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Ch. 26 – Phylogeny and the Tree of Life

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1 Ch. 26 – Phylogeny and the Tree of Life
We can decide in which container to place a species by comparing its traits with those of potential close relatives We will survey the diversity and describe hypotheses regarding how it evolved Phylogeny Systematics Discipline focused on classifying organisms and determining their evolutionary relationships (phylogeny)

2 Phylogeny and Systematics
Taxonomy Science of classification Sort and identify closely related species Specific group is a taxon Binomial nomenclature 2 part Latin name Genus, species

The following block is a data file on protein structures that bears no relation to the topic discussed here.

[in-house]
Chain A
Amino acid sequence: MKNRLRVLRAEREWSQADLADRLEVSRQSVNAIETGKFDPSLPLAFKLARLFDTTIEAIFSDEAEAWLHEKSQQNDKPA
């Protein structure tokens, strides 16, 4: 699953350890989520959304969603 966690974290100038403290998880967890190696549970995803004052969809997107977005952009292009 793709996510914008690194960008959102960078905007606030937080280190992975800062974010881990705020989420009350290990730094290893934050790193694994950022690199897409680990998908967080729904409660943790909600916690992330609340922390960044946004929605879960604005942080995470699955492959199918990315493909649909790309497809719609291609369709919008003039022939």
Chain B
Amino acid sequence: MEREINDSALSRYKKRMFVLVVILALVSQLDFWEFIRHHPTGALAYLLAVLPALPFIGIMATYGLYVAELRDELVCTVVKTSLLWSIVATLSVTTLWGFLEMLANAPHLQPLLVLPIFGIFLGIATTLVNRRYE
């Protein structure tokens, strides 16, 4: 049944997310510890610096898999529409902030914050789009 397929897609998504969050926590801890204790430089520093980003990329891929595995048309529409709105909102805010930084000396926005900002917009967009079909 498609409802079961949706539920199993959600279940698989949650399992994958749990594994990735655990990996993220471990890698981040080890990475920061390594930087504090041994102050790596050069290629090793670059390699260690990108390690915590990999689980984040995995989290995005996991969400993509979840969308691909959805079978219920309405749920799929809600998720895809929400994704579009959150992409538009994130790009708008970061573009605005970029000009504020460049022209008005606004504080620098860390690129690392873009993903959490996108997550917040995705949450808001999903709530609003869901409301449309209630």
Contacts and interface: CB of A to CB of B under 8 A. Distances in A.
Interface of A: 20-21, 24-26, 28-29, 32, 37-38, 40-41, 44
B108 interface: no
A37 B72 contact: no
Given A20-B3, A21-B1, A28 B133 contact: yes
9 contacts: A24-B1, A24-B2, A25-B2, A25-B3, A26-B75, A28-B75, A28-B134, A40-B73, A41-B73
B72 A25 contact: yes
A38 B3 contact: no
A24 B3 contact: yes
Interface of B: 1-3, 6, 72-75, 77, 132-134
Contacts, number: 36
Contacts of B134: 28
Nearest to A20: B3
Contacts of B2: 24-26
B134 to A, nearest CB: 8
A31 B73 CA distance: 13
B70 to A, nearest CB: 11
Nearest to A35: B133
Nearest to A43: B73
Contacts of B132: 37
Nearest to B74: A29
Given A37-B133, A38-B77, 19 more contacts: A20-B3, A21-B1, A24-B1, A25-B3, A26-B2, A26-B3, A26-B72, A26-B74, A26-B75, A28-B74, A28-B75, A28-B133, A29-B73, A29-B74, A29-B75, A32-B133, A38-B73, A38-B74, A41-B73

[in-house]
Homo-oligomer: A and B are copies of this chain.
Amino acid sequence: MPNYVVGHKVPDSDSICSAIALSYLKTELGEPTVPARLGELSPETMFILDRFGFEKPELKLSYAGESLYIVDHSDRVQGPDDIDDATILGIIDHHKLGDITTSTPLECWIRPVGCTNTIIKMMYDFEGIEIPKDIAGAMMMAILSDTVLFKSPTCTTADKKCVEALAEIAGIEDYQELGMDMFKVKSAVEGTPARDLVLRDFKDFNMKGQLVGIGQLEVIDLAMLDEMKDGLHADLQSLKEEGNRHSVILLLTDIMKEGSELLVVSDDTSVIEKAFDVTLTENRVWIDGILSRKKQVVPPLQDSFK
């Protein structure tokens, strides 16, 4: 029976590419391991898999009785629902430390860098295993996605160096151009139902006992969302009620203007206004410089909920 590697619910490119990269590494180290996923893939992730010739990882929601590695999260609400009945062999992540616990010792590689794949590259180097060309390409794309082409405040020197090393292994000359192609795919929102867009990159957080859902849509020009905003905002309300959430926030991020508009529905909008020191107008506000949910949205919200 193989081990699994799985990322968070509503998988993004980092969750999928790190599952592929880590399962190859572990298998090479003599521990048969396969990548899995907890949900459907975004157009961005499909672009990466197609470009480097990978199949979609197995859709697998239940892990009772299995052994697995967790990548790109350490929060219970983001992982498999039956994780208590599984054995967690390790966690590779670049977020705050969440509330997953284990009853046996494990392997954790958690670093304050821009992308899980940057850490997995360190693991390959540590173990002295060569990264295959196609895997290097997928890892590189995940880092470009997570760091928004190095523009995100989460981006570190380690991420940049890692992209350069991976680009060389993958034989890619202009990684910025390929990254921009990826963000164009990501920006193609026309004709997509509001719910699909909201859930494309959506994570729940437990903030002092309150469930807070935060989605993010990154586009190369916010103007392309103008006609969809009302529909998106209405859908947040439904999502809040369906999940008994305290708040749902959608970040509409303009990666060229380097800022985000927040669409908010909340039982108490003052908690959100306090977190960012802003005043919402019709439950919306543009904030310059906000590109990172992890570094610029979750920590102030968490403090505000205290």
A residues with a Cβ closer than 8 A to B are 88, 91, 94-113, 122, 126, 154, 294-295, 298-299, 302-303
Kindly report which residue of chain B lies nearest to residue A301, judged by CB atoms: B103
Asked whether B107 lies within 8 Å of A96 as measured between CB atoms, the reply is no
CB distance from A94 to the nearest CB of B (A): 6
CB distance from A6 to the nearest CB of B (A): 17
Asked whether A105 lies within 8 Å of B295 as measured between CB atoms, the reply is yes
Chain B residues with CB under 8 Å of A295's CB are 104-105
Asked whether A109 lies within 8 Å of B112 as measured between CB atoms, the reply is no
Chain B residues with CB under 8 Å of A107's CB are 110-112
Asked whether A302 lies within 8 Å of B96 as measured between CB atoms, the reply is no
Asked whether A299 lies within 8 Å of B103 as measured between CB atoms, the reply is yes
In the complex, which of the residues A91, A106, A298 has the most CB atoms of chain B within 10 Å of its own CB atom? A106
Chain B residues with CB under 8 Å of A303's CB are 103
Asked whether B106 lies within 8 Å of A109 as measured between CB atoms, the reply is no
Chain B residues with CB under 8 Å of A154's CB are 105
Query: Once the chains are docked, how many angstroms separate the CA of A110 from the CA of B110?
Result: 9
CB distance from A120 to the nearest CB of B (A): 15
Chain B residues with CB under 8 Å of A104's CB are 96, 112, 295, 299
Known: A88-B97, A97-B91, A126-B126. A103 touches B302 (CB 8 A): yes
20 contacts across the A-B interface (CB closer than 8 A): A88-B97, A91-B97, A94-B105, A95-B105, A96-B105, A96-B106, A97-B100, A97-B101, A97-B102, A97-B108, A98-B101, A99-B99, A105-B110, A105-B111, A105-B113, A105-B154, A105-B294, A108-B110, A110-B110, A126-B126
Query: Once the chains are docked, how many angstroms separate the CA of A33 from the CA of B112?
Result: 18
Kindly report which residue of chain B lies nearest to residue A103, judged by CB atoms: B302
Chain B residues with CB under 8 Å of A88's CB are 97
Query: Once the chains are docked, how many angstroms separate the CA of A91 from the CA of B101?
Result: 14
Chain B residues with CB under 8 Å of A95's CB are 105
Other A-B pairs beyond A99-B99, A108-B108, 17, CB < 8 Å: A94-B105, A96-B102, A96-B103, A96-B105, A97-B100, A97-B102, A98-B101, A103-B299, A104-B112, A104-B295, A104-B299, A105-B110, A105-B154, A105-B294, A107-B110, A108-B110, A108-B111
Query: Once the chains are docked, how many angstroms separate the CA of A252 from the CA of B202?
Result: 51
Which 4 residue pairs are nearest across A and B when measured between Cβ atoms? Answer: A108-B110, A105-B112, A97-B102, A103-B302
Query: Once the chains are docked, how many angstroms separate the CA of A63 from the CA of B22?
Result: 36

3 Phylogeny and Systematics
Hierarchical classification Linnaeus’ 7 level scheme: Kingdom Phylum (Division for plants and fungi) Class Order Family Genus Species Domains are now above kingdoms 3 exist Taxon Toxonomic unit at any level of the hierarchy

4 Linking Classification and Phylogeny
Phylogenetic Tree Diagram that displays evolutionary relationships The sequence of branching symbolizes historical chronology. The last ancestor common to both the cat and dog families lived longer ago than the last common ancestor shared by leopards and domestic cats. PhyloCode Resulted due to difficulties with the Linnean system Only names groups that include a common ancestor of all its descendents Ranks would no longer exist

5 Linking Classification and Phylogeny
Reading a phylogenetic tree Branch points Divergence Sister taxa Groups of organisms that share an immediate common ancestor Rooted Represents most common ancestor of all taxa in the tree Basal Taxon Lineage that diverges early in the history of a group Polytomy Branch point from which more than two descendent groups emerge